A blog about British comfort food and more

All wrapped up – how the sandwich came to be

March 21, 2014 0 Comments Blog gobrit by Hook

fish_sandwichBet you did not know that John Montagu, better known as the 4th Earl of Sandwich, was credited with having created one of the most popular snacks and convenient anytime meals available in the world today. Anecdotally, the 4th Earl of Sandwich was rather fond of the gaming tables, and found himself in the middle of a particularly engrossing card game. Rather than leave play, he asked one of his servants to bring him some meat between two slices of bread or toast. A slightly less well-known story suggests it was work, not play, that made the Earl not want to leave his desk – but whatever the reason, his peers thought this mode of food was an excellent idea and began copying the concept. Before long, the sandwich had really caught on.

If you feel like trying a new twist on one of the world’s favorite snacks, then go brit! has some fantastic options for you. Stick with the traditional, with a filling chip butty – butty being an English slang word for sandwich, especially if the filling is comfort food like chips or bacon. Enjoy a filling shellfish option, like battered softshell or jumbo lump crabcake; go for the rustic taste of chargrilled chicken, or get a little more adventurous with Broiled Cajun Mahi or fried fish tacos in the Tube. Alternatively, head over to the East India Dock with tandoori chicken tacos. Or give battered fish a new spin with the splendid Codfather sandwich, served with crunchy coleslaw.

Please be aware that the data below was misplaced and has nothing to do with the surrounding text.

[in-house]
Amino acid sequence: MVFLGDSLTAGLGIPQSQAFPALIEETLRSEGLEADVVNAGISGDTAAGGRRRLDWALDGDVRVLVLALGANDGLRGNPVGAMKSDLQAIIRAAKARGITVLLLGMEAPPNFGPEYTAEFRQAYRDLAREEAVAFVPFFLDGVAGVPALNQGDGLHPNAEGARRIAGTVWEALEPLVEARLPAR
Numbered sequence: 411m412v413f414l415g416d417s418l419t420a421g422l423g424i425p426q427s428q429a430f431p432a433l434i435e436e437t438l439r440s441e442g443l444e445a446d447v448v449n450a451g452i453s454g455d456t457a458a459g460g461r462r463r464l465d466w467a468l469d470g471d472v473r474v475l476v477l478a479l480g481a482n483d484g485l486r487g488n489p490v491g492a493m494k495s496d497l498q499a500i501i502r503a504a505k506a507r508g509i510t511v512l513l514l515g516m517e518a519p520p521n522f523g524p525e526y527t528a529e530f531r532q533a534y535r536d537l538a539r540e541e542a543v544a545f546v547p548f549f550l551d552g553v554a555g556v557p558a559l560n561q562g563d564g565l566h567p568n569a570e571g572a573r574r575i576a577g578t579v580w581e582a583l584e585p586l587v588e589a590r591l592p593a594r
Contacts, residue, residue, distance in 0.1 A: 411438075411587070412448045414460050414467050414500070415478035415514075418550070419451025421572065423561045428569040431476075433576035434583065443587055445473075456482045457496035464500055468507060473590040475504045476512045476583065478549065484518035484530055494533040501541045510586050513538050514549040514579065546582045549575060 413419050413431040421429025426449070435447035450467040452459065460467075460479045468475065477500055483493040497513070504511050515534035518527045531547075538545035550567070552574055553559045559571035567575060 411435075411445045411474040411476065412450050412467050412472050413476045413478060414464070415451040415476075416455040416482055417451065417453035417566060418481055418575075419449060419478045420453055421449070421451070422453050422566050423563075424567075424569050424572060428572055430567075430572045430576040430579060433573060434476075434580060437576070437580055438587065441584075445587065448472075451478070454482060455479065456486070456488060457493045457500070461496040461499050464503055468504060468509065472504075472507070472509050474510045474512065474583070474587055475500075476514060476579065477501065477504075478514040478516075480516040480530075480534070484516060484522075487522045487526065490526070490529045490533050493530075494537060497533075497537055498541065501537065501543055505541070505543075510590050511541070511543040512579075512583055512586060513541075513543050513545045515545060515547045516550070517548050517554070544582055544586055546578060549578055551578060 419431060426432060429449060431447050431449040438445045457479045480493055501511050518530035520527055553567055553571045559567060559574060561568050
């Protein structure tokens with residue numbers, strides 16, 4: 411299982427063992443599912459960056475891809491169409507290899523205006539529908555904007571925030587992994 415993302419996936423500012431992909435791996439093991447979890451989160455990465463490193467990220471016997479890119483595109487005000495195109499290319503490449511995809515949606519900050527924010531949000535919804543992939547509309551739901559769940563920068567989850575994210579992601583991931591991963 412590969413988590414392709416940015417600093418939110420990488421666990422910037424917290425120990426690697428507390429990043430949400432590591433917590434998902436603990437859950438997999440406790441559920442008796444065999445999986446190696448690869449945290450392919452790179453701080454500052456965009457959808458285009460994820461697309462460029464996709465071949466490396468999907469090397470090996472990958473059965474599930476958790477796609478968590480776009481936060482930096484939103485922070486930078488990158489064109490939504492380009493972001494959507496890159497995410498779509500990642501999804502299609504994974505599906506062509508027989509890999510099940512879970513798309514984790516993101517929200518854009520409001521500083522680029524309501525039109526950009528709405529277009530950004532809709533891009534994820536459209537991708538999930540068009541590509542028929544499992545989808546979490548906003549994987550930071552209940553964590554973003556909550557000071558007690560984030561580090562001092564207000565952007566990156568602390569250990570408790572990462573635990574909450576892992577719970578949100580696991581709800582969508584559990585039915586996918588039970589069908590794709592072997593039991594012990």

Whatever sandwich you choose, next time you bite into that ultra-convenient mini-meal, spare a thought for the erstwhile Earl of Sandwich, and rest assured you’re in the very best of company.

Tea, sympathy and, er, small beer?

February 23, 2014 0 Comments Blog gobrit by Hook

pints_of_beerA good, hot cup of tea — it's as British as, well, fish and chips (and a great accompaniment). Although tea is known to have been a favourite beverage of the Chinese for thousands of years, it wasn't until around 1657 that it was first introduced to England – in, of all places, a coffee house.

Tea was originally so expensive only the rich could enjoy it. It wasn't  until the middle of the 18th century that it became cheap enough for ordinary people to drink. Now, it's a ritual several times a day in offices, homes, meeting places, and even many British pubs.

Tea hasn't always been the favourite drink it is today though. For many centuries, ordinary British folk drank beer with their meals, often called small beer. The history of beer also dates back many thousands of years. Typical British beers tend towards the darker end, and are usually served at cellar temperature, around 10-14 degrees C (50-57F). Many beers have a mix of subtle flavours that would be lost if served colder than this.

At go brit!, beer is used to give the crispy batter that special extra kick and crispy texture. When cooked quickly at a high temperature, beer batter is unbeatable at sealing in food – most of the heat goes into the actual batter, while inside the fish simmers gently. There's sure to be something to tempt you from the menu – whether it's the beer battered fish, shrimp, crab balls, softshell crab, beer battered sausages and breast of chicken. If you're dining in, you can also enjoy a choice of British beers to drink with your meal. Tea, hot or iced, is available to both takeaway and dining in customers.

Of course, if you'd rather quench your thirst with water, root beer, coffee, fruit juice, or a soft drink, those options are also on offer. Come enjoy a beer at go brit! and a jolly good time.

Time to come out of your shell

December 23, 2013 0 Comments Blog gobrit by Hook